Wish App Data Use May Be Of Concern To Wireless Carriers


After becoming the number one shopping app by total downloads in the U.S. in 2017, Wish has reportedly become a concern to wireless carriers. That concern primarily comes down to the amount of data usage it's associated with. Of course, the nearly 100MB per month of cellular data consumption per user pales in comparison to the 384 MB per month Wish users consume via Wi-Fi – with figures totaling out at around 481 MB per month per user. It also falls well short of the total consumption of users for YouTube (4.5 GB), Netflix (2 GB), or Snapchat (1.4 GB). However, it ranked higher in usage than either Twitter and Snapchat, which saw consumption at around 406 MB and 351 MB per month, respectively. The key concern is also not how much users are consuming data spread out over the course of a month. Since Wish is primarily a shopping application, network operators have to take considerations for spikes in traffic associated with holiday seasons and peak shopping times.

The peaks in question also affect the bigger apps, with more users communicating or consuming media during those times. It also goes without saying that the 4G LTE networks used now are much more robust and less likely to suffer a major breakdown caused by overuse of the network during peak usage periods. That's without even taking the advent of 5G networks into account – which are expected to both serve mobile customers and take some of the strain off of 4G networks. The unique challenge presented by Wish is that it hasn't simply become another high-usage application adding to the burden carriers need to shoulder. Regardless of the advances, the possibility of a network crashing due to overuse is not necessarily impossible during usage spikes. The app's primary means to generate sales is through the use of large images with price tags, shown a list or column and rows format.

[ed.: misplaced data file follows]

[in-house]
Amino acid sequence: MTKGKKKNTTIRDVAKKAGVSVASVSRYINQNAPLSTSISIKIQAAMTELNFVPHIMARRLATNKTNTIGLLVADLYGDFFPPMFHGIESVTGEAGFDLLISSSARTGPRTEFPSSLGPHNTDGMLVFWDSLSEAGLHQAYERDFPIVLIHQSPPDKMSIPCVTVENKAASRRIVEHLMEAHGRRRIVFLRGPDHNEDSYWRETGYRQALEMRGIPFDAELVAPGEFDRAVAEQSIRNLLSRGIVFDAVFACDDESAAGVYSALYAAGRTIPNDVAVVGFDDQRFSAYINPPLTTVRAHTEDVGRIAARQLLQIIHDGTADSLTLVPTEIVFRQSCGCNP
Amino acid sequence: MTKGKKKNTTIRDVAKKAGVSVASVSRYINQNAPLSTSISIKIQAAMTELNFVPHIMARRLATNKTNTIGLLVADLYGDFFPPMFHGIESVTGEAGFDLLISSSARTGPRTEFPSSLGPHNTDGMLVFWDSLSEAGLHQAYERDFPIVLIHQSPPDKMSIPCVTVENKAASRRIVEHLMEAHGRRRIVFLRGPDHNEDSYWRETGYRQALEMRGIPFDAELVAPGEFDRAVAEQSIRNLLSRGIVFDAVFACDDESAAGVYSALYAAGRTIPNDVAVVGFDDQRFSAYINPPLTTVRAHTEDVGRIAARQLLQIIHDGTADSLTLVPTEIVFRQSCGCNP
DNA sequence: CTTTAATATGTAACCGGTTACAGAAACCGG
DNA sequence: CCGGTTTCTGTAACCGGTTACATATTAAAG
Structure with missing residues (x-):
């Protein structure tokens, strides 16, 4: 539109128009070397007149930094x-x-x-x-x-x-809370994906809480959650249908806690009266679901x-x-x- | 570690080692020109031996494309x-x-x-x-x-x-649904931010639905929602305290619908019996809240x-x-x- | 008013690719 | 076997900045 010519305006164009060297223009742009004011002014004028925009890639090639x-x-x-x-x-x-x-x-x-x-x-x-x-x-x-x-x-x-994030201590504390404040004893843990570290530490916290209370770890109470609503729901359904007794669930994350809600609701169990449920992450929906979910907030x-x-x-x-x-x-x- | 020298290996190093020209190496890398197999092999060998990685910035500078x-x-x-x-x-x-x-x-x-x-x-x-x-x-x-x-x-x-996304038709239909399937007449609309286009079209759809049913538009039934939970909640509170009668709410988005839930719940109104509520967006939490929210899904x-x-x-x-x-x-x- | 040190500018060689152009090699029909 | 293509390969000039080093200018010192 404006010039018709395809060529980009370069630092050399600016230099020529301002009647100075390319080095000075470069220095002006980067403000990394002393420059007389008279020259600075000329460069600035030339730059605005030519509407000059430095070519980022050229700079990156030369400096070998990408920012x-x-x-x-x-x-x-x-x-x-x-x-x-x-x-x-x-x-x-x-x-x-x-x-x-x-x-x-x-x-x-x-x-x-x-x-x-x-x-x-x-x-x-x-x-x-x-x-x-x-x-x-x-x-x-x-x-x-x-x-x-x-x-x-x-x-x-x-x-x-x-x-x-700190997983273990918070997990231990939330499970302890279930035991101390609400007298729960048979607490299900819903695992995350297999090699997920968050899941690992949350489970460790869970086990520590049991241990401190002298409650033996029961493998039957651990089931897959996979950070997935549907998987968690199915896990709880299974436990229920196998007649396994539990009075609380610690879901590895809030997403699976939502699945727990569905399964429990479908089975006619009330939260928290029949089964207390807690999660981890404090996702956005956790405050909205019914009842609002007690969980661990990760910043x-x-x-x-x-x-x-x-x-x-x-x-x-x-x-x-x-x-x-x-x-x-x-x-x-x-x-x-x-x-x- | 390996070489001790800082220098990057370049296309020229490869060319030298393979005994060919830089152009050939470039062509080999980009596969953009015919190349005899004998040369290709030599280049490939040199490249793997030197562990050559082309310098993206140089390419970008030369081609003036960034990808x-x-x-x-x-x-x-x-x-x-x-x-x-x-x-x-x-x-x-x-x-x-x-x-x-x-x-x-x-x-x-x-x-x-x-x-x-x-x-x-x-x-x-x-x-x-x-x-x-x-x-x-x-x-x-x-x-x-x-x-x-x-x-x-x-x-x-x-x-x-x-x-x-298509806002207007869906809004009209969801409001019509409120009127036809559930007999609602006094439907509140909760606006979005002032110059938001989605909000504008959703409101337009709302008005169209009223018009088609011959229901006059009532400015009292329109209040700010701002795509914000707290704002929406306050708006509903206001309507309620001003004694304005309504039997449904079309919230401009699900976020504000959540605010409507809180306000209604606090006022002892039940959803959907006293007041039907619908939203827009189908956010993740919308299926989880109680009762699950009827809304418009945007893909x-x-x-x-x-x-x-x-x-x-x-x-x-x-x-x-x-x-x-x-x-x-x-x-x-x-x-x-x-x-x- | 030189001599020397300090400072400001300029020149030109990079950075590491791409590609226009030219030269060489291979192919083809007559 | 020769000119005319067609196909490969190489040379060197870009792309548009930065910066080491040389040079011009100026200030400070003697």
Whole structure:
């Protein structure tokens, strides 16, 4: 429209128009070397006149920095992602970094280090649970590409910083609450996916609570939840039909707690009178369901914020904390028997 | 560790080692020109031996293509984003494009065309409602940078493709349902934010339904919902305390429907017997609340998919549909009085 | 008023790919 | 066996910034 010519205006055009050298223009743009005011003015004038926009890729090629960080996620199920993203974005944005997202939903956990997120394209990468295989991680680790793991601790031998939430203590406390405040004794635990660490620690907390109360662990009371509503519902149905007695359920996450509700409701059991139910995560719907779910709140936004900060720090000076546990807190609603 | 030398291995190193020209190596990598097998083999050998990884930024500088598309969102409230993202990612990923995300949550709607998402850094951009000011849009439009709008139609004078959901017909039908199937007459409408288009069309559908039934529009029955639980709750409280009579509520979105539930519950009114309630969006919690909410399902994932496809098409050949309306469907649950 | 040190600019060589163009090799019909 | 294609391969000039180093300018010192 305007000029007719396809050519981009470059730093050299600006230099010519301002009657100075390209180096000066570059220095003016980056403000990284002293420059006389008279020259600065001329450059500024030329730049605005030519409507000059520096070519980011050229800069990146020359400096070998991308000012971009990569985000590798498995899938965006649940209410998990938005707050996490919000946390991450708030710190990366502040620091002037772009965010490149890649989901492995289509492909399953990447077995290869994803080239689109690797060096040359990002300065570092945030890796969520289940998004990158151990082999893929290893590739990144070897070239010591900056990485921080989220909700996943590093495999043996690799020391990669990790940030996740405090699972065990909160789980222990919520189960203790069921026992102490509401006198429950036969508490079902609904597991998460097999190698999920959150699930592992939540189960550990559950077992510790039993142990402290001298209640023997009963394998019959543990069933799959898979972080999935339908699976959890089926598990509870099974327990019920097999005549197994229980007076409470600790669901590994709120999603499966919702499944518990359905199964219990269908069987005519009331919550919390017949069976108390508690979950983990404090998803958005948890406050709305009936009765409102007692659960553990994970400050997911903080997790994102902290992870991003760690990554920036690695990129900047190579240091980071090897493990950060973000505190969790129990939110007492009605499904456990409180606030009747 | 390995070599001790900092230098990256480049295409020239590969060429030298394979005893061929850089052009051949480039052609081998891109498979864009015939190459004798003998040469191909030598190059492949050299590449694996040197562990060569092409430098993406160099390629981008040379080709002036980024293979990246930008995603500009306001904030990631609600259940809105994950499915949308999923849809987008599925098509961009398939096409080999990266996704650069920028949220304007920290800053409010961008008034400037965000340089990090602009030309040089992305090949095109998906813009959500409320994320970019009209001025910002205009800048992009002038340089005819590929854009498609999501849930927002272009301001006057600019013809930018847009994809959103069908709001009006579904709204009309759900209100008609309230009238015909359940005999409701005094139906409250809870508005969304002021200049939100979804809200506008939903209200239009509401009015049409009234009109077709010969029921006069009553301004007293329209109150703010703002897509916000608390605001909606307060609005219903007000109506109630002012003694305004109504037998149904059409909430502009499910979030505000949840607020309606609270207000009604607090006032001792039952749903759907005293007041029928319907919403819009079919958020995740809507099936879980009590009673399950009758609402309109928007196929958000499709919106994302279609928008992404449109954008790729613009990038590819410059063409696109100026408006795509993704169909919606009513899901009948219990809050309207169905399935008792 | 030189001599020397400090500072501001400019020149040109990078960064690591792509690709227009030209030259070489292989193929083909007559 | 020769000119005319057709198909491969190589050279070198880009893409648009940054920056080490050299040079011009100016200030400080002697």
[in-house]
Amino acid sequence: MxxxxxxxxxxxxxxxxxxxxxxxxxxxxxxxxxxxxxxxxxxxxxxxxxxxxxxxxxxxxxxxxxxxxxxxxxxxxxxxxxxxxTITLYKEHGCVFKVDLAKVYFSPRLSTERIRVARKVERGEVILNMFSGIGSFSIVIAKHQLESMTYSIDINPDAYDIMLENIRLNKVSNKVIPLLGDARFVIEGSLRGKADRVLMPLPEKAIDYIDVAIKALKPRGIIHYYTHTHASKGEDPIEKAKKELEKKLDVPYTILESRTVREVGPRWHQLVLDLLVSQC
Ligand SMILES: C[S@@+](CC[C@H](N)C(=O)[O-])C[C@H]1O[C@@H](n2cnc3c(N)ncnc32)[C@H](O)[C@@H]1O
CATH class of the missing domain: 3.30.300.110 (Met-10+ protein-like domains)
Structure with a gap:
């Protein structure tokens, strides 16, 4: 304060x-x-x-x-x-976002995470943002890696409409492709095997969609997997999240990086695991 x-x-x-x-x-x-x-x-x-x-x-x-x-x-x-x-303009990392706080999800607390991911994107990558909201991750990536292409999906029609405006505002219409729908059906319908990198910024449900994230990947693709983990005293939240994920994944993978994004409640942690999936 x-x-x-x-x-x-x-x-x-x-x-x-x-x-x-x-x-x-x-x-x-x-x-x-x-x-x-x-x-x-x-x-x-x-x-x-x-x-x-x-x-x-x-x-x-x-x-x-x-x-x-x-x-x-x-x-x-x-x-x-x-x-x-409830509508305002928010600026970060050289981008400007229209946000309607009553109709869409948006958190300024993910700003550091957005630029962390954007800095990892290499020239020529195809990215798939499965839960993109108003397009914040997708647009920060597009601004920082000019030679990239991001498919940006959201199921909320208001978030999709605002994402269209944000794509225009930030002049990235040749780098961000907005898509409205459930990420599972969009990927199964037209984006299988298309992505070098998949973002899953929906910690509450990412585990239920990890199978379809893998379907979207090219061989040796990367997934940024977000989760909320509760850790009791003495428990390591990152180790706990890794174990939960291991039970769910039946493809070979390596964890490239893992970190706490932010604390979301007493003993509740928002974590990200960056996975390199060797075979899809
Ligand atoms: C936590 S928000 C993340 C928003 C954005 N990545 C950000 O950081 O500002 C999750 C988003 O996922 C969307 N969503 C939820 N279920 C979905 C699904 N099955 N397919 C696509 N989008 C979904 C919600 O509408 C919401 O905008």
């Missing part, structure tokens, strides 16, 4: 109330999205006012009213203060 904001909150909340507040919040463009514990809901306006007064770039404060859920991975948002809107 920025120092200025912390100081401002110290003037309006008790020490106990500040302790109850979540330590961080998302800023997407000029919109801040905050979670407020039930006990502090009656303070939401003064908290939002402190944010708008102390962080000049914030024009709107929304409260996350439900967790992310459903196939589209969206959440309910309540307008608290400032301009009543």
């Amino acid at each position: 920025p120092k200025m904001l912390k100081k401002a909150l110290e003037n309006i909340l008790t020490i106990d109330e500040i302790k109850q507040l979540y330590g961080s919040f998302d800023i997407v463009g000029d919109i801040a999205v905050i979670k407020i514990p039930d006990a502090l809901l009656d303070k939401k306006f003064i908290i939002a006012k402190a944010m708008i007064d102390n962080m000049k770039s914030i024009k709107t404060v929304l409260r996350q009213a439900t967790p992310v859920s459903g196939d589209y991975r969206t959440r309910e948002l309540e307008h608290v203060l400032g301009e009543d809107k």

Since more users are coming online every year, mobile carriers are offsetting increases in mobile activity and data consumption by ramping up network expansion and densification efforts. At the same time, most are also preparing for a new wave of even more robust networking with 5G. Bearing that in mind, whether or not there is any actual merit behind any concerns the popularity of the app is causing is something that remains to be seen.

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Junior Editor

Daniel has been writing for AndroidHeadlines since 2016. As a Senior Staff Writer for the site, Daniel specializes in reviewing a diverse range of technology products and covering topics related to Chrome OS and Chromebooks. Daniel holds a Bachelor’s Degree in Software Engineering and has a background in Writing and Graphics Design that drives his passion for Android, Google products, the science behind the technology, and the direction it's heading. Contact him at [email protected]

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